Patch Base 2.10 adds an editor for the most complex FM synthesizer I've ever encountered: the Yamaha FS1R. This thing is a beast. First of all, it has 8 operators for FM synthesis! Imagine the possible chaos. And, each operator has both a "Voiced" and "Unvoiced" part. The Voiced part is your tone generator (similar to the DX7), and the Unvoiced part is essentially a noise generator with its own envelopes, frequency controls, and bandpass filter. The Voiced part also supports multiple waveforms (the FS1R calls them "spectral" forms), including a formant generator. Basically, you can make this thing sound like it's talking. It is hands-down the most amazing FM synth I've ever used, and I've only begun to scratch the surface of sound design with it.
And starting today, FS1R owners can go deeper with this synth, too. Like the FS1R itself, this editor was the most complex FM editor I've created so far. The current algorithm (out of 88 possibilities!) is shown in the top left, and also serves as the selector for which operator you want to edit. Each operator shows the output levels of the voiced and unvoiced parts of the operator, which helps give an overview of the structure of the patch. With 8 operators, a lot of patches won't even use all of them! Here's a demo of the fancy animation of the algorithm selector:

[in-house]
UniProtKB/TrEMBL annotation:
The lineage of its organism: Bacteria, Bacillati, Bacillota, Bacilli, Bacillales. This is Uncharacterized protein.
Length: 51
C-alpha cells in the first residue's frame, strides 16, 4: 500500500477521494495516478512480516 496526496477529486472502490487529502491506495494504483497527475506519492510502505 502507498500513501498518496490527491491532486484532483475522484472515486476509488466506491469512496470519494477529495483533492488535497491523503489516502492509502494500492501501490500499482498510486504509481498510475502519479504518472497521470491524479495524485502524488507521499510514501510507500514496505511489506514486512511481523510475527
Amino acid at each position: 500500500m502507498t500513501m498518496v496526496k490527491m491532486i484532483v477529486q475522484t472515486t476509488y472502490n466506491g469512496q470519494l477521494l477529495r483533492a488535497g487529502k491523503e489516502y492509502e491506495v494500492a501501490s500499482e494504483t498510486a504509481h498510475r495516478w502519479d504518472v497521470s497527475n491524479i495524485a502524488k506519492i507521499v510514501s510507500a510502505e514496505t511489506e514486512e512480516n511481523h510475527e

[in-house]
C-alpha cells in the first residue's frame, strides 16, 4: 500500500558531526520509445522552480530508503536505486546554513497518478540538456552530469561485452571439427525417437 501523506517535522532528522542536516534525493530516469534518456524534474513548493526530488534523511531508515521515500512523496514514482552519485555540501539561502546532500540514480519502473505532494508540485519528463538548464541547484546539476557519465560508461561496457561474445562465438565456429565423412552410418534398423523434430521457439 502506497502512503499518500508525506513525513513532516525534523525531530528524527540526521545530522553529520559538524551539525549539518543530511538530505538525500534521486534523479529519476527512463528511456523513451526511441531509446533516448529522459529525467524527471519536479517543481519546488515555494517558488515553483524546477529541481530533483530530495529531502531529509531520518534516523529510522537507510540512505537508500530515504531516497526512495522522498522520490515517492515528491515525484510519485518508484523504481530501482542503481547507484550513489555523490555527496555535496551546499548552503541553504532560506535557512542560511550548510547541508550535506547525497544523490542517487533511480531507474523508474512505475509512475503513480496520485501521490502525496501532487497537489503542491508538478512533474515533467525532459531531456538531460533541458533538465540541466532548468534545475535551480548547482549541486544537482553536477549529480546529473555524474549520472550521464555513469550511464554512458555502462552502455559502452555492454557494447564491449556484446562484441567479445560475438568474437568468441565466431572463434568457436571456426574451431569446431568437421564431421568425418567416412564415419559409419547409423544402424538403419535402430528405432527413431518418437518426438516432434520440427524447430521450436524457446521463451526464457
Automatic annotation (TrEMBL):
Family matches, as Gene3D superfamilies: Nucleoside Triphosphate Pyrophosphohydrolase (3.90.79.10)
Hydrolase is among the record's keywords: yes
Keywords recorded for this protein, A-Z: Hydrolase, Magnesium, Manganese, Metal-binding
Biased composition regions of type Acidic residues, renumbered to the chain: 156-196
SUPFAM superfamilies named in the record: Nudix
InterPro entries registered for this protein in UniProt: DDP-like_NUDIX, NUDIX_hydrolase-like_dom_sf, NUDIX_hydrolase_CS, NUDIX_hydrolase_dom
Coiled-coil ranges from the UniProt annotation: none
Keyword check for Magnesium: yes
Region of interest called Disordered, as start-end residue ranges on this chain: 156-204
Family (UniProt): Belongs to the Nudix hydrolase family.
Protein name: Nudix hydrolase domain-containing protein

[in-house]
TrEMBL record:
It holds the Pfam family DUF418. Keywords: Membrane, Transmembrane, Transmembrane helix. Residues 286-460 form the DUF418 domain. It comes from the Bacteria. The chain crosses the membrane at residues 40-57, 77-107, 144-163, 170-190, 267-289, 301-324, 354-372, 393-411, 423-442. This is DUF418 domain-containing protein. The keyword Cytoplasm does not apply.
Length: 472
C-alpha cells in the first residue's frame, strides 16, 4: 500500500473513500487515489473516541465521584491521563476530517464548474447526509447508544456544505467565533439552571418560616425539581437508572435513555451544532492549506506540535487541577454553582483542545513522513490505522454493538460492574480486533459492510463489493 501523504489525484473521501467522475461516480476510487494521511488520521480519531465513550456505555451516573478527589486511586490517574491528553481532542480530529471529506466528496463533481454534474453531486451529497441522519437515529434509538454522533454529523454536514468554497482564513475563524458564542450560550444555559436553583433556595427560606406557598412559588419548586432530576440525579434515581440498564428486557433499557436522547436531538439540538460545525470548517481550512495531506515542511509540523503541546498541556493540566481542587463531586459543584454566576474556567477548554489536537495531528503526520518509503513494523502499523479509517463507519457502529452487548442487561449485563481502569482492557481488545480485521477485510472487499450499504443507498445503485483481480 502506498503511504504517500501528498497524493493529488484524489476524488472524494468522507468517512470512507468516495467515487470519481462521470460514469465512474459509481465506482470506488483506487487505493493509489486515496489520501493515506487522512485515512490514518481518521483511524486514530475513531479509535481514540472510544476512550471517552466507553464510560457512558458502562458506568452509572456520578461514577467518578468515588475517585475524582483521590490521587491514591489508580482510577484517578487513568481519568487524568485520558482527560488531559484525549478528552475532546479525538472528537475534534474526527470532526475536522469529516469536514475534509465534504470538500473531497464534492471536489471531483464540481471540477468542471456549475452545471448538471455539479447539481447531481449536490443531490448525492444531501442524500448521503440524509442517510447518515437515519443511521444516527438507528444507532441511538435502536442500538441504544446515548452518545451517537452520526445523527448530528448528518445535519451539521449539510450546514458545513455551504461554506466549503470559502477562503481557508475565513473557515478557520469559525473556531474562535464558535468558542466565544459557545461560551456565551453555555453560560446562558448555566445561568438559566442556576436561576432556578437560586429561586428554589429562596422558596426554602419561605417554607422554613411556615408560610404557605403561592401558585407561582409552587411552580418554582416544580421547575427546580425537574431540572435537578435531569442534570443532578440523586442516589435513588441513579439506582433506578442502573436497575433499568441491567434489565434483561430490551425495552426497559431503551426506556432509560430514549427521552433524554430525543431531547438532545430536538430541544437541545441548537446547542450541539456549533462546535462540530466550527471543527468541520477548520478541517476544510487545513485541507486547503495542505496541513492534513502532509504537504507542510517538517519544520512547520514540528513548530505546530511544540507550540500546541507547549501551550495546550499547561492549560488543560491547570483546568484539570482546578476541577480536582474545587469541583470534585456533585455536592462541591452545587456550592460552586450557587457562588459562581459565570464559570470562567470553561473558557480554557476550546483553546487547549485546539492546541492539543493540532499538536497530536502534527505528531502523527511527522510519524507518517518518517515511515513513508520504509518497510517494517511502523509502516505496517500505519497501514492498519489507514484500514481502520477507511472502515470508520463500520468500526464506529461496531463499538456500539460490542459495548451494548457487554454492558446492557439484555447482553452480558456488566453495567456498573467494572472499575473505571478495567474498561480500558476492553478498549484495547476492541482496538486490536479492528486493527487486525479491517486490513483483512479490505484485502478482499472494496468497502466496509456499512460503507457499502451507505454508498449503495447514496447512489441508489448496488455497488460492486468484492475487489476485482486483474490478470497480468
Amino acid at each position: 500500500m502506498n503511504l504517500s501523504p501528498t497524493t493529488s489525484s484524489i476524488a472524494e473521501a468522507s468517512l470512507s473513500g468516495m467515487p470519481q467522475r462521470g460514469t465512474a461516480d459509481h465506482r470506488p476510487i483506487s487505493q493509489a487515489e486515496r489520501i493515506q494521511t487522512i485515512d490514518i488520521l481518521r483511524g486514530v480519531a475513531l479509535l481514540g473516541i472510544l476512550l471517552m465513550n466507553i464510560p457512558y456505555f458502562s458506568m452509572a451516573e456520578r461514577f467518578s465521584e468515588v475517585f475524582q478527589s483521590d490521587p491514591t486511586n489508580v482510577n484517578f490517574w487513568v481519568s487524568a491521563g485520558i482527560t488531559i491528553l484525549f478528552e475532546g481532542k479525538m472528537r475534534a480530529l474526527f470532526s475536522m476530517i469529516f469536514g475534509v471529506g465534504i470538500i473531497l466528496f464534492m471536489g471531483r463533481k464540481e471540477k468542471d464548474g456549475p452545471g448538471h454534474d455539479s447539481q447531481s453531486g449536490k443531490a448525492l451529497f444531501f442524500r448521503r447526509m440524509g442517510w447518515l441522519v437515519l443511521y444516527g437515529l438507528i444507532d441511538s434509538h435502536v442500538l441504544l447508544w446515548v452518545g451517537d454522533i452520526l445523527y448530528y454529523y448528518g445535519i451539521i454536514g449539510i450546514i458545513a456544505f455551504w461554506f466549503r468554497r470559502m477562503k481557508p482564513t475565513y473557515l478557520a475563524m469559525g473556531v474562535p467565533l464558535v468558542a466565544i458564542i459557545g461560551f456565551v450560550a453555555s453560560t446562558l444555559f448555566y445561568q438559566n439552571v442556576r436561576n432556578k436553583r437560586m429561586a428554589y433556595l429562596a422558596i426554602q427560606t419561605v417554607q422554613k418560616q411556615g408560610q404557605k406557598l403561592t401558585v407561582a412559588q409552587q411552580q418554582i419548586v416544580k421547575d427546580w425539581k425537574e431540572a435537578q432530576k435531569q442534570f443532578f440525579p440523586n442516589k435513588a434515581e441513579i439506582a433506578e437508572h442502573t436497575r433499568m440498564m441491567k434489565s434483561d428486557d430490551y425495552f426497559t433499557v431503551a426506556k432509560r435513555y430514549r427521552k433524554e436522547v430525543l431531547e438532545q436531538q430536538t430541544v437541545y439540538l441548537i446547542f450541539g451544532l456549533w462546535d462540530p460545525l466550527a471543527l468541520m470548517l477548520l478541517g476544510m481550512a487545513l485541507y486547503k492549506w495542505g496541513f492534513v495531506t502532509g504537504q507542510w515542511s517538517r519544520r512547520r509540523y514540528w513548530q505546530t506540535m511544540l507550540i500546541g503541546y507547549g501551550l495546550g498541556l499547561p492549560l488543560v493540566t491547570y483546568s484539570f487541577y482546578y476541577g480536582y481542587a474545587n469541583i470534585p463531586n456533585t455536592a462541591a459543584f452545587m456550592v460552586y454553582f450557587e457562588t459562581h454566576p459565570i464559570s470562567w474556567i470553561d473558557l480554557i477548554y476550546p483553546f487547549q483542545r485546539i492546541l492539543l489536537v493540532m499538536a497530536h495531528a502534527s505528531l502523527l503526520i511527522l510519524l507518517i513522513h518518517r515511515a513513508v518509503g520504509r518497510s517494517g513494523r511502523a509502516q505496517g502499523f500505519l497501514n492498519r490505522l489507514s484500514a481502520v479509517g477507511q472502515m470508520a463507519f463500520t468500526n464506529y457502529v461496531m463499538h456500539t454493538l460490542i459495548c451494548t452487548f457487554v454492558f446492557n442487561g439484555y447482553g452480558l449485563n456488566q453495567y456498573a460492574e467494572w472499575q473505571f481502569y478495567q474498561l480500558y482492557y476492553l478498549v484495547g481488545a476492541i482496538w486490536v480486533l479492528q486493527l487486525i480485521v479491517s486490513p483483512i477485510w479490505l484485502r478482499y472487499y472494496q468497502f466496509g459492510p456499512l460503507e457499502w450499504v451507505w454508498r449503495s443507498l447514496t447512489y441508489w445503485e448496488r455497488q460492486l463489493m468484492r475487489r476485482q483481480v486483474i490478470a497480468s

Selecting an operator will show you all of the controls for that operator in the bottom section of the editor. The Voiced and Unvoiced sections are bordered to help differentiate them, and their colors correspond to the level indicators in the algorithm selector. You can copy and paste the Voiced and Unvoiced sections of operators entirely, as well as copy/paste individual envelopes. You can randomize a section of an operator, to add a little spice to your patch, and as usual you can also generate entirely random patches. Some controls only apply when certain options are selected (e.g. Bandwidth in the Voiced section only applies if the Formant spectral form is chosen). The editor automatically shows and hides controls based on these relationships, to simplify the sound design process.
When no operator is selected, you'll see the parameters that apply to the entire patch, such as the Pitch and Filter envelopes. The filter controls are at the top, always visible, along with the two LFO's, for quick access.
And as always, this new editor is free to try out before you purchase. So, give it a look, and let me know what you think! Also, a big thanks to Switched On for letting me borrow the FS1R from them. If you're looking for anything synth-related, give them a visit.
Here's a short demo of using the editor to make a simple bass patch from scratch: